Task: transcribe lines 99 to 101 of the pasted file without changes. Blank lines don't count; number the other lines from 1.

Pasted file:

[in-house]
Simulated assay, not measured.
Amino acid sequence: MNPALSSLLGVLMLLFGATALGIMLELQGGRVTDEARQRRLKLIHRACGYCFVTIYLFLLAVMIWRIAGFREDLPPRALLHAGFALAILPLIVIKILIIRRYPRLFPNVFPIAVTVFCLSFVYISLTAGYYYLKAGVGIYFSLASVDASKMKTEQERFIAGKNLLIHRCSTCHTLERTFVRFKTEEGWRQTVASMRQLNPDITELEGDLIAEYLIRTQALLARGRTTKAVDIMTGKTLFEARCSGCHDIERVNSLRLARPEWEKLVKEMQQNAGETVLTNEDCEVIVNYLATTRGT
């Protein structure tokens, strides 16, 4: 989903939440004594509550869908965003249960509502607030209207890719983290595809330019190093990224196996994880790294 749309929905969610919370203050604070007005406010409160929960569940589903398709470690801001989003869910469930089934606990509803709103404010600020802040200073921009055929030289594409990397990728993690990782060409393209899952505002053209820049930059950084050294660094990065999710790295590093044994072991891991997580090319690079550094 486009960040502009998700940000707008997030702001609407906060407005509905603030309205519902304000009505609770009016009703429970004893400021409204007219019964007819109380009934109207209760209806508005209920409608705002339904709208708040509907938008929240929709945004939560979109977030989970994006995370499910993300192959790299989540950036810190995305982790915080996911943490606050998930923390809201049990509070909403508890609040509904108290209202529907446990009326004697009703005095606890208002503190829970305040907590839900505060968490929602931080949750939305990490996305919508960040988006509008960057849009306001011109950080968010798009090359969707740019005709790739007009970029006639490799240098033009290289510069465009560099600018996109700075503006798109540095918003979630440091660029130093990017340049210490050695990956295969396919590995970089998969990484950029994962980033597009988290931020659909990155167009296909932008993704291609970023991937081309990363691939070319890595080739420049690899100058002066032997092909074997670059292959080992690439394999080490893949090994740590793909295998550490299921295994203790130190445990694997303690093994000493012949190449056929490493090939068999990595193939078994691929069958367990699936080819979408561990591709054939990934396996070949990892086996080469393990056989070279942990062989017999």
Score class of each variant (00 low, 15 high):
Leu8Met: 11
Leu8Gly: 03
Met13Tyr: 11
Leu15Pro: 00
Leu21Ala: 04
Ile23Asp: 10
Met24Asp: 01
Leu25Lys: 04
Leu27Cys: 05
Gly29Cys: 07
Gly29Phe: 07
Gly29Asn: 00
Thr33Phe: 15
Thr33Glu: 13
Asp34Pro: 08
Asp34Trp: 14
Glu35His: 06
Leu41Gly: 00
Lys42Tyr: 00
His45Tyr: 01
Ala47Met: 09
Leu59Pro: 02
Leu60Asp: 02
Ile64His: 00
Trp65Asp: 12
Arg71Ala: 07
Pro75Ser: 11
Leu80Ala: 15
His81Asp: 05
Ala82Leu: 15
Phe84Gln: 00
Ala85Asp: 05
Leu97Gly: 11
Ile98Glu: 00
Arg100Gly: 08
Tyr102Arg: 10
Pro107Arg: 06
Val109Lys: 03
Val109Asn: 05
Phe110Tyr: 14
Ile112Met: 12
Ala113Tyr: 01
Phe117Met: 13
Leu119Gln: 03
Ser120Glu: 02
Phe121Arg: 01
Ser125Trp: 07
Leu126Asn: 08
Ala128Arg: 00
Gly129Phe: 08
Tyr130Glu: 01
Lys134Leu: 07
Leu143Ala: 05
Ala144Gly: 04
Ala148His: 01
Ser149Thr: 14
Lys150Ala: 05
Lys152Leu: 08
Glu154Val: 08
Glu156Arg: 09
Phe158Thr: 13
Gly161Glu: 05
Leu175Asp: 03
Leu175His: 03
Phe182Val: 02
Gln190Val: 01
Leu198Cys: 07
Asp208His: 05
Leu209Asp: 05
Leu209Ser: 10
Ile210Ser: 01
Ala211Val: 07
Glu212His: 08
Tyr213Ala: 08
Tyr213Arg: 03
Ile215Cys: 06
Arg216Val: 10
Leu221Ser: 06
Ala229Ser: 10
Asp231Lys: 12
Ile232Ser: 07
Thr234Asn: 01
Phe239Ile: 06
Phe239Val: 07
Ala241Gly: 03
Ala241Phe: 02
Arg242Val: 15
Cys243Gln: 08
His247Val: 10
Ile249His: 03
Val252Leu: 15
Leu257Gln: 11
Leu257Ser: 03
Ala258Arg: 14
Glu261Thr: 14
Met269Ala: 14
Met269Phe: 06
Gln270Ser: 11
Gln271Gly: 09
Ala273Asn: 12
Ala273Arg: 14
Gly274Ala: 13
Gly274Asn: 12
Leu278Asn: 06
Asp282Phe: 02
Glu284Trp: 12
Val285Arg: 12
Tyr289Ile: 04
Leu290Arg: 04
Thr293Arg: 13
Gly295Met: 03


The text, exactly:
Ala258Arg: 14
Glu261Thr: 14
Met269Ala: 14